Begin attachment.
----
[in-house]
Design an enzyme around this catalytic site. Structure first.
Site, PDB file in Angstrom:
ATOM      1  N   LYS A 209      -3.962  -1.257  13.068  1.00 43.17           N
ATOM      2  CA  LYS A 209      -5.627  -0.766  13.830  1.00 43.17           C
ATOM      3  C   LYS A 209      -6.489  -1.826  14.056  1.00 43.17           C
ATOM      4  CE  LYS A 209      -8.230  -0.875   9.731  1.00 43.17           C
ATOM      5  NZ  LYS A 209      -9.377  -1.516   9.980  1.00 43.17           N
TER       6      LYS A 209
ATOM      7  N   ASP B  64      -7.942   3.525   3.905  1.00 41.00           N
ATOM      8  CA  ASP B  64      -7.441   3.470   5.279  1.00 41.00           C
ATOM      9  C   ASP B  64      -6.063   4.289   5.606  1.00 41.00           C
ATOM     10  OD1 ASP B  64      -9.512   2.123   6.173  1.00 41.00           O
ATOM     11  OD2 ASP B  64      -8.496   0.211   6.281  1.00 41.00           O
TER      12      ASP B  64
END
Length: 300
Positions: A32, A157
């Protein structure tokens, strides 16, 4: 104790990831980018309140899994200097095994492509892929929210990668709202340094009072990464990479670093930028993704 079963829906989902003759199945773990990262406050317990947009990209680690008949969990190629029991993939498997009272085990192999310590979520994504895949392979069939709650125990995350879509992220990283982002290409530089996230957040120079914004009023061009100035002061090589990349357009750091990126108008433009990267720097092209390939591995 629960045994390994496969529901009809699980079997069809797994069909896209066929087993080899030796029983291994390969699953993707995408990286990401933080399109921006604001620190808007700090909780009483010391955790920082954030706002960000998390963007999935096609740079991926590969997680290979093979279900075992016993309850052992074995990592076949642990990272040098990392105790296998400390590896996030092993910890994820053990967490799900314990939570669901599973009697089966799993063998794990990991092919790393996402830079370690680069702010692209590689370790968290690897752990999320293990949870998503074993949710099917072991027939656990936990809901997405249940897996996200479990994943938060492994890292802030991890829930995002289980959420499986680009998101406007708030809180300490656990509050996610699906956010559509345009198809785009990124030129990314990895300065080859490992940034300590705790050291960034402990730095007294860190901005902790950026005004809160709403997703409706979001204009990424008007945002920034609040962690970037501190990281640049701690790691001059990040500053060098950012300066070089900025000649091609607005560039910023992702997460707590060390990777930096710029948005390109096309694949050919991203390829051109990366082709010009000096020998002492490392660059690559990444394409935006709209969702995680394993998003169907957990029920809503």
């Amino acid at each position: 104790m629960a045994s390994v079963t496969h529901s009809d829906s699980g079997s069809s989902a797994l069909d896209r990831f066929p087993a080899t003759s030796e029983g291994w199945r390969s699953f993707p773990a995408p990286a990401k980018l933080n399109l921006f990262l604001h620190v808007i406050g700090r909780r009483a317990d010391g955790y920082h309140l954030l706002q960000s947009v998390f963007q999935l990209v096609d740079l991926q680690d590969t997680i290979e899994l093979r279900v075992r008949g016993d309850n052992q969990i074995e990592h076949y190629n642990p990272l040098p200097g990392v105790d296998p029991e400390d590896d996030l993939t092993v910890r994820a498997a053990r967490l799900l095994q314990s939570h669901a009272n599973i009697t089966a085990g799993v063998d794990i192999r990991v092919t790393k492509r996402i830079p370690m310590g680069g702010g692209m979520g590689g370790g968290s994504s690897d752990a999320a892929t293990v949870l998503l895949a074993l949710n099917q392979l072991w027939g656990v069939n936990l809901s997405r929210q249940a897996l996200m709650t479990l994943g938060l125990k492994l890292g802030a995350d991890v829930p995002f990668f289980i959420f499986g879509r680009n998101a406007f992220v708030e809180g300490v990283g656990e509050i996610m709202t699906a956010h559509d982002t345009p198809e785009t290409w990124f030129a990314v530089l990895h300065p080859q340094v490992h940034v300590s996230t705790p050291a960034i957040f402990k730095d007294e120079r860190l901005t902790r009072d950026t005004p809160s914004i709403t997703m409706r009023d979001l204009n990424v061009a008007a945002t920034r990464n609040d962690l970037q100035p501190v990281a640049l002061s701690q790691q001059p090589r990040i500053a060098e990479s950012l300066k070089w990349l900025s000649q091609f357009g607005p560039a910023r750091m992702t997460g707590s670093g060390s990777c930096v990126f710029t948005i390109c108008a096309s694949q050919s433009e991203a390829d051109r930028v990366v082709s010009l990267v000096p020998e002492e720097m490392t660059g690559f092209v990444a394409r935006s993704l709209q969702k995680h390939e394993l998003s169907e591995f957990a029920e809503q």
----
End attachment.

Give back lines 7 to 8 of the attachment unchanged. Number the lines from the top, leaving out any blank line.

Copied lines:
ATOM      4  CE  LYS A 209      -8.230  -0.875   9.731  1.00 43.17           C
ATOM      5  NZ  LYS A 209      -9.377  -1.516   9.980  1.00 43.17           N